shipped them off to concentration camps, but the remainder still
unanimously refused to cooperate in the Nazi genocide.
Things have turned completely around in the last fifty years. Today
it is the German physicians who are strongly rejecting euthanasia
while their Dutch colleagues embrace it.
Why are Dutch physicians so enthusiastically killing their most
helpless patients just fifty years after defending them with their very
The answer lies in the power of propaganda and is a testimony to the
extraordinary influence of the media in a modern society.
Dutch citizens have been subjected to an intense pro-euthanasia
propaganda barrage through all of their media outlets for more than
twenty years. The Dutch doctors initially resisted and spoke out against
the media, but prominent anti-euthanasia physicians were destroyed by
the press. Eventually, the resistance of anti-euthanasia doctors was
officially punished and suppressed.
This media bombardment has affected the Dutch public most profoundly.
76 percent of the Dutch public support voluntary euthanasia, which is
supposedly the ultimate in "freedom of choice," but,
paradoxically, 77 percent also support involuntary active
euthanasia, which is the denial of freedom of choice. And fully
90 percent of university economics students support the compulsory
(forced) euthanasia of groups of people deemed to be a "burden to
society" for the purpose of "streamlining the
Dr. Hackethal revealed the root cause of the Dutch ethical
disintegration at the Hemlock Society's Second National Voluntary
Euthanasia Conference. He showed that the Dutch doctors have thrown off
all pretense of being limited in any way and are now a completely
independent elite corps with literally unlimited power, unregulated by
the courts, the legislative system, or even a moral code;
Sorry my English is not good enough ... I am impotent,
English-impotent ... I studied that [Hippocratic] oath exactly. The
conclusion of my Hippocratic Oath study is: "A more bad
physician's oath doesn't exist!" One sentence of the
patient-hostile Hippocratic Oath is: "I will never give anyone a
deadly poison, not even at their request, nor will I give them any
advice as to a deadly poison." But it doesn't apply for the last
50 years. Today I judge such an oath to be an act of unmedical
patient-hostility, an act of inhumanity.
The Magnitude of the Killing.
According to various Dutch sources, there are about 3,000 cases of
registered voluntary euthanasia in Holland annually. There are also at
least this many involuntary cases of euthanasia each year, and
some sources put the number as high as 15,000.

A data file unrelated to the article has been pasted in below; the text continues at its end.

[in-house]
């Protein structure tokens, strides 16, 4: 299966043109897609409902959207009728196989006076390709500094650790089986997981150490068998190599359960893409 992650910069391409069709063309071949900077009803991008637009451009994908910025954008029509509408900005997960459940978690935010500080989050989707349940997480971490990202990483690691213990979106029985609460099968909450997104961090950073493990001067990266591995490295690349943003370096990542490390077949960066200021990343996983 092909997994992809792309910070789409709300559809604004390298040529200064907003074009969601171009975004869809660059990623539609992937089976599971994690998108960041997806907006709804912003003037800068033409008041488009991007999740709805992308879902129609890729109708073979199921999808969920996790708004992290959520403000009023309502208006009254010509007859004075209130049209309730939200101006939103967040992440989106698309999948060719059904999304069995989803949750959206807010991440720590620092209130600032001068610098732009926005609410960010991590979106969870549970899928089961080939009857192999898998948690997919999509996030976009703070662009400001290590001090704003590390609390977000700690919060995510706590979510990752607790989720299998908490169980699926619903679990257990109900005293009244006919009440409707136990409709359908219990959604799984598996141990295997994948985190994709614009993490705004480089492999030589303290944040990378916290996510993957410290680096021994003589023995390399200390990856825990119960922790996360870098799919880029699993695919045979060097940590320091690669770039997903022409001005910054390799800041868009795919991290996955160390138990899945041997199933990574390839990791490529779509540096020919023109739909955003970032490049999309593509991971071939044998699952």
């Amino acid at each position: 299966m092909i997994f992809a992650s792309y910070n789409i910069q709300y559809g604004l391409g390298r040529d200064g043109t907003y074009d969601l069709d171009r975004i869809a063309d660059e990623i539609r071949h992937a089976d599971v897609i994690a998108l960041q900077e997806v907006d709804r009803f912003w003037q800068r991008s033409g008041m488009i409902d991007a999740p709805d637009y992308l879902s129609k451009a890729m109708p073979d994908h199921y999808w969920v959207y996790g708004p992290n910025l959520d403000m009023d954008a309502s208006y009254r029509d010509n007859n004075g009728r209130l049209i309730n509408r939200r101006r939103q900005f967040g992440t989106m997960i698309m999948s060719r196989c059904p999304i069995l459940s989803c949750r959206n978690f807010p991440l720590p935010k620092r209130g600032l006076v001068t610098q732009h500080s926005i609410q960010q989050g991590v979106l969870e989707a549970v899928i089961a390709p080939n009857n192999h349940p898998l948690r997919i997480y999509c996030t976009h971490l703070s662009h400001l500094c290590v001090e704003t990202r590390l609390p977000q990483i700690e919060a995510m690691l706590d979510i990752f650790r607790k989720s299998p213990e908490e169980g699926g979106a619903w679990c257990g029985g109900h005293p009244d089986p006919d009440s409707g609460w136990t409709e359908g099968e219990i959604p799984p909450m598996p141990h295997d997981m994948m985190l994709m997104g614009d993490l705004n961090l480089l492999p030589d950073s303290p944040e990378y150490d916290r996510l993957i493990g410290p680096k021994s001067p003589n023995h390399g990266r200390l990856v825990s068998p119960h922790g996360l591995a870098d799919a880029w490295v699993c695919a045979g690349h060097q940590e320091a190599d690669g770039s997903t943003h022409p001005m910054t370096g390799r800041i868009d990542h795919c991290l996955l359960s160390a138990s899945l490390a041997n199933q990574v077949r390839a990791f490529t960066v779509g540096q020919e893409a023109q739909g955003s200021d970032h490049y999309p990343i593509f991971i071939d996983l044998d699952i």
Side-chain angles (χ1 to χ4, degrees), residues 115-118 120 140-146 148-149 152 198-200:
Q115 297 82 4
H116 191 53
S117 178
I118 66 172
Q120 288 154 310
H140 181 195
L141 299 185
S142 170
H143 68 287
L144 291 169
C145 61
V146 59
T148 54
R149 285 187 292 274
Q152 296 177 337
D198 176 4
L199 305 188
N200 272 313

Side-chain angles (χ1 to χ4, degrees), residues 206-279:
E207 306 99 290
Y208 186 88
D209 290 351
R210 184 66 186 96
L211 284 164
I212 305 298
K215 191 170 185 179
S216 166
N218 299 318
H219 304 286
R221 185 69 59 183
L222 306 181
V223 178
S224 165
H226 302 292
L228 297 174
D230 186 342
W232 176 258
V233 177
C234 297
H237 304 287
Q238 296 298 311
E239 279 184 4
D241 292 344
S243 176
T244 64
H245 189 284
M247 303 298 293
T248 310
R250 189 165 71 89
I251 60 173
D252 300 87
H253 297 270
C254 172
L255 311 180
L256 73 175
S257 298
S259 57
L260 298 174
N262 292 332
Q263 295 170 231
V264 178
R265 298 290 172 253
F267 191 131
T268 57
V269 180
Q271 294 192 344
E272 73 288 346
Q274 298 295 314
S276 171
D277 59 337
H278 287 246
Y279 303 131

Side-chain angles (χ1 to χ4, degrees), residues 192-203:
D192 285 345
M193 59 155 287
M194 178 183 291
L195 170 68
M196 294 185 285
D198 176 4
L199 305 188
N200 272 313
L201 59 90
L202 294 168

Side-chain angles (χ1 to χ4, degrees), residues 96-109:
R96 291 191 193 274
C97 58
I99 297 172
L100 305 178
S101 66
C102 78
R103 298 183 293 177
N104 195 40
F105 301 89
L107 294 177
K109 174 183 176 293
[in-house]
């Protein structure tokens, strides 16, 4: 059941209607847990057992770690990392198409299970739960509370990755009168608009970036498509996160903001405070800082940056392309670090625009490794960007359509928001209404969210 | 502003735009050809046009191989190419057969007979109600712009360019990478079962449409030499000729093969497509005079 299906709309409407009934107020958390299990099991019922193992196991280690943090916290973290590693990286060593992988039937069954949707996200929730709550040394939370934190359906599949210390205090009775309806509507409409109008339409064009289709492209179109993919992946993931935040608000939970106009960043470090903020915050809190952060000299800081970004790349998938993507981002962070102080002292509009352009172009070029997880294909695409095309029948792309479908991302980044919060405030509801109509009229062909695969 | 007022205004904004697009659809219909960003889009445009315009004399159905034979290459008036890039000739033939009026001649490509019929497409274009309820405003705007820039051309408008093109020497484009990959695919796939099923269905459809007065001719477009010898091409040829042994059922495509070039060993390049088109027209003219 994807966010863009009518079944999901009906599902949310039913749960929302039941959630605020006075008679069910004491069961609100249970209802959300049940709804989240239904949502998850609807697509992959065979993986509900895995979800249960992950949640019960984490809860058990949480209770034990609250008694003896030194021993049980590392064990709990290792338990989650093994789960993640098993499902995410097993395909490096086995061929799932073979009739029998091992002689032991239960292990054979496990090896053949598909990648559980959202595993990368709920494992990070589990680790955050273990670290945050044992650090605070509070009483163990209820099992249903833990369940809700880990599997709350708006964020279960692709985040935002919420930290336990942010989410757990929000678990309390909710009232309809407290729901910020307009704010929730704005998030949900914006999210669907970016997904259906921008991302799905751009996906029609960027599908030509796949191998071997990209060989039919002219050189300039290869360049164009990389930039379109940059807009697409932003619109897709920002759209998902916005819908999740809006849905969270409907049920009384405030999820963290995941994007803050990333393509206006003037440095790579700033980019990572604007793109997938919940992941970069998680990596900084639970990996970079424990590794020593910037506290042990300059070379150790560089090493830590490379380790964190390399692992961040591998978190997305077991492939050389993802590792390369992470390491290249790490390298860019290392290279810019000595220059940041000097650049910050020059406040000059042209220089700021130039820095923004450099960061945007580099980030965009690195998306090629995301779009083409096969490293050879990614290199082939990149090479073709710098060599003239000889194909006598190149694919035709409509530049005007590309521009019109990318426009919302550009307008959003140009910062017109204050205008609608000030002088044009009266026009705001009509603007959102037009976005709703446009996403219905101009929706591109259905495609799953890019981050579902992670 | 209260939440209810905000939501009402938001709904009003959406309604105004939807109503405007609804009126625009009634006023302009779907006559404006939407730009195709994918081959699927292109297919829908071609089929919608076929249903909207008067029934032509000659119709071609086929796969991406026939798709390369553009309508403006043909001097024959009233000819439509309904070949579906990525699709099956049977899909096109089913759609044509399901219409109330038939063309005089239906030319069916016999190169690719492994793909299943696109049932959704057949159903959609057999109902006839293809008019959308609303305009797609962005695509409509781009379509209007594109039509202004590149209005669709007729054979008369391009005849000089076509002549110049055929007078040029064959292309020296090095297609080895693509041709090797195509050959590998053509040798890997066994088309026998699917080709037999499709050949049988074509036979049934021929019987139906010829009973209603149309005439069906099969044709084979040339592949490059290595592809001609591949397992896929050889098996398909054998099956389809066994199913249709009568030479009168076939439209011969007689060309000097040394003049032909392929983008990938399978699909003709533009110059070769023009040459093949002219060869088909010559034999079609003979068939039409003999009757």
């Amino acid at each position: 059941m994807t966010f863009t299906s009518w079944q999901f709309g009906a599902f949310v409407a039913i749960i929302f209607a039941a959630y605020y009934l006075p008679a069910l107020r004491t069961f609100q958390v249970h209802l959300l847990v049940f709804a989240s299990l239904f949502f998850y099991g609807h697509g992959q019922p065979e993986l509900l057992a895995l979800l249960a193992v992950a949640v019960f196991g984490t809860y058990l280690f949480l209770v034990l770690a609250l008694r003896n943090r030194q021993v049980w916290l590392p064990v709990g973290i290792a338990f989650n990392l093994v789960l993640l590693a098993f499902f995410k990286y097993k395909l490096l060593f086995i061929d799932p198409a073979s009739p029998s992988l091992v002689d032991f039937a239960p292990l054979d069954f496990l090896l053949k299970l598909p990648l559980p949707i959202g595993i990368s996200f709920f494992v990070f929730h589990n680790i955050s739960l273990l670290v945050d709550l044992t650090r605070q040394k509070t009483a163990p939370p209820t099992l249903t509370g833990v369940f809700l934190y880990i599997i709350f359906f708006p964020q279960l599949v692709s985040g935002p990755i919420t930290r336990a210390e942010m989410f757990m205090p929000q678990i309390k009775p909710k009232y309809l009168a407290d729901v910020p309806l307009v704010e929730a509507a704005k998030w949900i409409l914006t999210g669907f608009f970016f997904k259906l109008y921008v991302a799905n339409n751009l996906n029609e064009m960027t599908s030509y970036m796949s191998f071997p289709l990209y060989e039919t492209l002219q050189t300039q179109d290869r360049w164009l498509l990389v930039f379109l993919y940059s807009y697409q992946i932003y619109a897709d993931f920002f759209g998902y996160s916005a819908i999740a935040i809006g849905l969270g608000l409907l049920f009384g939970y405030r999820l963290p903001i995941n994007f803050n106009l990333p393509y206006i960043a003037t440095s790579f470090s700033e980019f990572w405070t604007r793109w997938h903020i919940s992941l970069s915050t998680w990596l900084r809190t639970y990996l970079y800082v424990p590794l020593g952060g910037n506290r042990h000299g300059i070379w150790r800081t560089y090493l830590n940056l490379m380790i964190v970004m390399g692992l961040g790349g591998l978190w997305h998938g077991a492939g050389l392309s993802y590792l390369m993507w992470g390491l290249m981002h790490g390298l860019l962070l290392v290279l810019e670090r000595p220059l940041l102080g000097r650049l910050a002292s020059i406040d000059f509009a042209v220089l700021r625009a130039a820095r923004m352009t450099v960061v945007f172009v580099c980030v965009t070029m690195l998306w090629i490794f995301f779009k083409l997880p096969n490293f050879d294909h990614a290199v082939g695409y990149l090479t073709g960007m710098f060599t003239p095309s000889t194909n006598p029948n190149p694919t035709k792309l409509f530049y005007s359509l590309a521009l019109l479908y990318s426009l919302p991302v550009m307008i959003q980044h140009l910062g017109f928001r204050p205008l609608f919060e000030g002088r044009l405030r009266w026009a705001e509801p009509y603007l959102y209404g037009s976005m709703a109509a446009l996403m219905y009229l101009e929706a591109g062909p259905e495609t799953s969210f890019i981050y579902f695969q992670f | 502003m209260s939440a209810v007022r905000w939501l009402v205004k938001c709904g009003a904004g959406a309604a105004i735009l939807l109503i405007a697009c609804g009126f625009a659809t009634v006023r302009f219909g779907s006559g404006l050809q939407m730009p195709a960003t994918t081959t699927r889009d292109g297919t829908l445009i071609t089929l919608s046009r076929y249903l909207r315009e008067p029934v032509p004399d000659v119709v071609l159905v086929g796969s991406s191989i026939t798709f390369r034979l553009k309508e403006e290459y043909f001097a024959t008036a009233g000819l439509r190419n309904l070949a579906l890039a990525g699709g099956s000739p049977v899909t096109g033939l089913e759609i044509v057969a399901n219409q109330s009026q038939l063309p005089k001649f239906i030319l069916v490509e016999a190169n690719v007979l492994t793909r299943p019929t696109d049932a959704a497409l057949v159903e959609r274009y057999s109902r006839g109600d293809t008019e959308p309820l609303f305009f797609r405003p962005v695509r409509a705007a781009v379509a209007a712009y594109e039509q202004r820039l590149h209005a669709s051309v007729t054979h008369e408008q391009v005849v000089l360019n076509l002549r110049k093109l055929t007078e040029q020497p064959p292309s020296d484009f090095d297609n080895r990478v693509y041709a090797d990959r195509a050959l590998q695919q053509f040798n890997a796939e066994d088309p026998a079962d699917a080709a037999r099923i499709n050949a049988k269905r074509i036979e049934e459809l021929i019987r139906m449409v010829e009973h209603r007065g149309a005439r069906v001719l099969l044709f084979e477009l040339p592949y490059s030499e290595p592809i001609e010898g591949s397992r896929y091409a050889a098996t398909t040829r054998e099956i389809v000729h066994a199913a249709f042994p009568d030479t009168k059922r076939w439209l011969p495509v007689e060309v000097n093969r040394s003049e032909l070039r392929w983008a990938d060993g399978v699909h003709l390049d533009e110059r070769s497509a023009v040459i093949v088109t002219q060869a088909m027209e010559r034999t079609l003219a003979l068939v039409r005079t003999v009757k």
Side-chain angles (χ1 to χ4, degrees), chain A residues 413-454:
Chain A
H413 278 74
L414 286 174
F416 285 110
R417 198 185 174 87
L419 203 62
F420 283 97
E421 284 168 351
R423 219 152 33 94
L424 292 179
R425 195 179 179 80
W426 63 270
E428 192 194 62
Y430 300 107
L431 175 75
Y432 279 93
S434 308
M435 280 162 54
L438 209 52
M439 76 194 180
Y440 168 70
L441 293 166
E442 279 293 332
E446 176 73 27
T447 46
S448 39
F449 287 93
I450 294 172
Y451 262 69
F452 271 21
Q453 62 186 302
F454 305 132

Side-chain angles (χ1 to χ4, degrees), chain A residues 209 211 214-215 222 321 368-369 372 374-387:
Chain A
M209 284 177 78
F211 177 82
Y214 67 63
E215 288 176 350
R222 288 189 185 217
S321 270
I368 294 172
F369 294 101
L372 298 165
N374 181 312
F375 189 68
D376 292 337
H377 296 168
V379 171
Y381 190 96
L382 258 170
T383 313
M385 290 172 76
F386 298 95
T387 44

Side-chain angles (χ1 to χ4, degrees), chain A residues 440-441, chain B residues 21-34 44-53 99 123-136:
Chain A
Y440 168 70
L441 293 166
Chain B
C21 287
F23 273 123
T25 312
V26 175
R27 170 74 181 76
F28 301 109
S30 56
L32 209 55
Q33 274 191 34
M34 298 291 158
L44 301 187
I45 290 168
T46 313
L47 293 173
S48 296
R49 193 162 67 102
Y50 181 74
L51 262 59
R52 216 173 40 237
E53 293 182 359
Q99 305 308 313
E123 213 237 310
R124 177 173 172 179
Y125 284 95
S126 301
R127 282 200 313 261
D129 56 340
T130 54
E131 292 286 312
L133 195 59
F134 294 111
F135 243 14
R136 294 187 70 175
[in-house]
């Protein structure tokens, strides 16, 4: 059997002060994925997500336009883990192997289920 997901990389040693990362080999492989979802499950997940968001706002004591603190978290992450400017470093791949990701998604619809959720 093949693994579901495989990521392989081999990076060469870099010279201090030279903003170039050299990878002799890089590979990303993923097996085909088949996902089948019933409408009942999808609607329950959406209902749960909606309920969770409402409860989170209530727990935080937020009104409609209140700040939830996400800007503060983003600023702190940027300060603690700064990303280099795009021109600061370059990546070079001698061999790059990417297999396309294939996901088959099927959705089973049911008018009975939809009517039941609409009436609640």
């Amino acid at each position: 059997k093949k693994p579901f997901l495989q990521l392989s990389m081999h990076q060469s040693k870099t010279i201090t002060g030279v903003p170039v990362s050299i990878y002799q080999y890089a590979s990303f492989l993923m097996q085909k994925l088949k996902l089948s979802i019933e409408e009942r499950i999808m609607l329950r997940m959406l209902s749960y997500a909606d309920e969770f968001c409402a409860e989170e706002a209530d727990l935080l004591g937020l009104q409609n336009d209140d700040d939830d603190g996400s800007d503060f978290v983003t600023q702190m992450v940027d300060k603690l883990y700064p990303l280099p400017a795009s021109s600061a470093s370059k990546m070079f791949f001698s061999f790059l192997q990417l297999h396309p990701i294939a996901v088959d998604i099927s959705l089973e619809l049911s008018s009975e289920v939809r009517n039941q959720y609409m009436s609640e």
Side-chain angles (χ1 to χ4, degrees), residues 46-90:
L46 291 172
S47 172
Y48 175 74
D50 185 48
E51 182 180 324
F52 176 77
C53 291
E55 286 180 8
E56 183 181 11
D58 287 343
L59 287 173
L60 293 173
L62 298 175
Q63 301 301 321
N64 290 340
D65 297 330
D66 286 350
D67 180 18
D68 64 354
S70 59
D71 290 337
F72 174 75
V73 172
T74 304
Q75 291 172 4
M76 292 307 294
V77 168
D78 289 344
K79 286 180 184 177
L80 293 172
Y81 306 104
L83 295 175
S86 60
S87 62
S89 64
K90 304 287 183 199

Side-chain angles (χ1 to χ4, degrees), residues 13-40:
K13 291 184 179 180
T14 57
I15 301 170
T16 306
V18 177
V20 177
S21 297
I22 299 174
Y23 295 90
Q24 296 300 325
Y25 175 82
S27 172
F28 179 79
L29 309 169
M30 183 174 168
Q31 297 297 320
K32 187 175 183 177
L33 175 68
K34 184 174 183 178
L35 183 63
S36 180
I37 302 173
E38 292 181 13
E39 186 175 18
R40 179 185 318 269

On September 10, 1991, the Dutch government summarized the country's
euthanasia situation. Its two-volume report, entitled Medische
Beslissingen Rond Het Levenseinde, reported that 91% of all cases of
Dutch euthanasia violate the already-permissive limits set by Dutch
courts. Only 200 cases of euthanasia are performed within legal limits
annually, and the commission found that at least 2,400 illegal
mercy killings and assisted suicides happen each year. There are a total
of 6,000 legal and illegal mercy killings and assisted suicides in
Holland each year, which is equivalent to 4.7 percent of all deaths in
The report found that, when the more than 1,000 annual cases of involuntary
euthanasia are added to the total number of mercy killings, more than
23,000 patients had their lives "significantly shortened" by
overdoses of painkillers each year. Of these, 2,500 cases were done with
the specific goal of shortening or ending life.
Four out of every five Dutch general practitioners have performed
active euthanasia at some point in their careers. More than one-fourth
(28%) actively euthanize at least two of their patients each year, and
one of seven (14%) actively euthanize at least five of their patients
annually. According to the Royal Dutch Academy of Sciences, at least
eight Dutch hospitals are performing widespread involuntary
Jack Kevorkian's system of "obitoriums" staffed by
professional "obitiatrists" is a reality in Holland.
In June of 1984, the Board of the 30,000 member Royal Dutch Society
of Medicine (KNMG, the Dutch equivalent of the American Medical
Association) approved a "Position on Euthanasia" paper that
supported the legalization of both voluntary and involuntary
active euthanasia ("mercy killing").
Three years later, the Committee on Medical Ethics of the European
Community unanimously rejected the Dutch medical society's radical
proposals on euthanasia with the statement that "We hope that this
strong reaction will induce our Dutch colleagues to reconsider their
move and return to the happy communion of utmost respect for human
This "strong reaction" was completely ignored by the Dutch
serial killer-'physicians.' In 1990, Dutch anesthesiologists refuse to
participate in surgery on Down Syndrome children; at least 300
handicapped newborns are starved to death each year; and cardiologists
flatly refuse to treat any person over the age of 75.
Involuntary euthanasia is routinely defended in the two major Dutch